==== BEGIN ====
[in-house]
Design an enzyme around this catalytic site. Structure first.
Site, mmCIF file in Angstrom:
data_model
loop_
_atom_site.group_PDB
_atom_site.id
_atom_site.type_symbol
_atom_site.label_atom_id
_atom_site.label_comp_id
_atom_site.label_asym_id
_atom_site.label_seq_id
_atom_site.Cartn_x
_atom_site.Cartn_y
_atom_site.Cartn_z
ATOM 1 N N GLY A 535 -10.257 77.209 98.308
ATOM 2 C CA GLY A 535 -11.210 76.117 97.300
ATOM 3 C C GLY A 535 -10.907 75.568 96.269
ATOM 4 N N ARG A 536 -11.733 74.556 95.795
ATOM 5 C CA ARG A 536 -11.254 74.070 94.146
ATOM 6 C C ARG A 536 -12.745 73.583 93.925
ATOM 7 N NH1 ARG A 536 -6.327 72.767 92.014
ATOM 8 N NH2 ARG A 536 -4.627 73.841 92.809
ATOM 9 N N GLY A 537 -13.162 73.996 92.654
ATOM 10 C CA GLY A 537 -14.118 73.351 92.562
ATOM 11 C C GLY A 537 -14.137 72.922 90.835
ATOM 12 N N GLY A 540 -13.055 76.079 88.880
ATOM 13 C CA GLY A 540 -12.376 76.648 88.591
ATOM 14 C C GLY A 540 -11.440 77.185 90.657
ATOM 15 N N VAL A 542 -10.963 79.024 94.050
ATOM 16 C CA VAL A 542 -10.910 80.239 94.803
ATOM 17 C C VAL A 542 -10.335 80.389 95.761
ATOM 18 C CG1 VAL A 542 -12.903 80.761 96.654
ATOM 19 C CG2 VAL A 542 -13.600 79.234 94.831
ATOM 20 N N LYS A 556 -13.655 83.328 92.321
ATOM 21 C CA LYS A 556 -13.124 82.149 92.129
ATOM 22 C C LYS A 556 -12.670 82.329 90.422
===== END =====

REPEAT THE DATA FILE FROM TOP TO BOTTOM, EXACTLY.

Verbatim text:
[in-house]
Design an enzyme around this catalytic site. Structure first.
Site, mmCIF file in Angstrom:
data_model
loop_
_atom_site.group_PDB
_atom_site.id
_atom_site.type_symbol
_atom_site.label_atom_id
_atom_site.label_comp_id
_atom_site.label_asym_id
_atom_site.label_seq_id
_atom_site.Cartn_x
_atom_site.Cartn_y
_atom_site.Cartn_z
ATOM 1 N N GLY A 535 -10.257 77.209 98.308
ATOM 2 C CA GLY A 535 -11.210 76.117 97.300
ATOM 3 C C GLY A 535 -10.907 75.568 96.269
ATOM 4 N N ARG A 536 -11.733 74.556 95.795
ATOM 5 C CA ARG A 536 -11.254 74.070 94.146
ATOM 6 C C ARG A 536 -12.745 73.583 93.925
ATOM 7 N NH1 ARG A 536 -6.327 72.767 92.014
ATOM 8 N NH2 ARG A 536 -4.627 73.841 92.809
ATOM 9 N N GLY A 537 -13.162 73.996 92.654
ATOM 10 C CA GLY A 537 -14.118 73.351 92.562
ATOM 11 C C GLY A 537 -14.137 72.922 90.835
ATOM 12 N N GLY A 540 -13.055 76.079 88.880
ATOM 13 C CA GLY A 540 -12.376 76.648 88.591
ATOM 14 C C GLY A 540 -11.440 77.185 90.657
ATOM 15 N N VAL A 542 -10.963 79.024 94.050
ATOM 16 C CA VAL A 542 -10.910 80.239 94.803
ATOM 17 C C VAL A 542 -10.335 80.389 95.761
ATOM 18 C CG1 VAL A 542 -12.903 80.761 96.654
ATOM 19 C CG2 VAL A 542 -13.600 79.234 94.831
ATOM 20 N N LYS A 556 -13.655 83.328 92.321
ATOM 21 C CA LYS A 556 -13.124 82.149 92.129
ATOM 22 C C LYS A 556 -12.670 82.329 90.422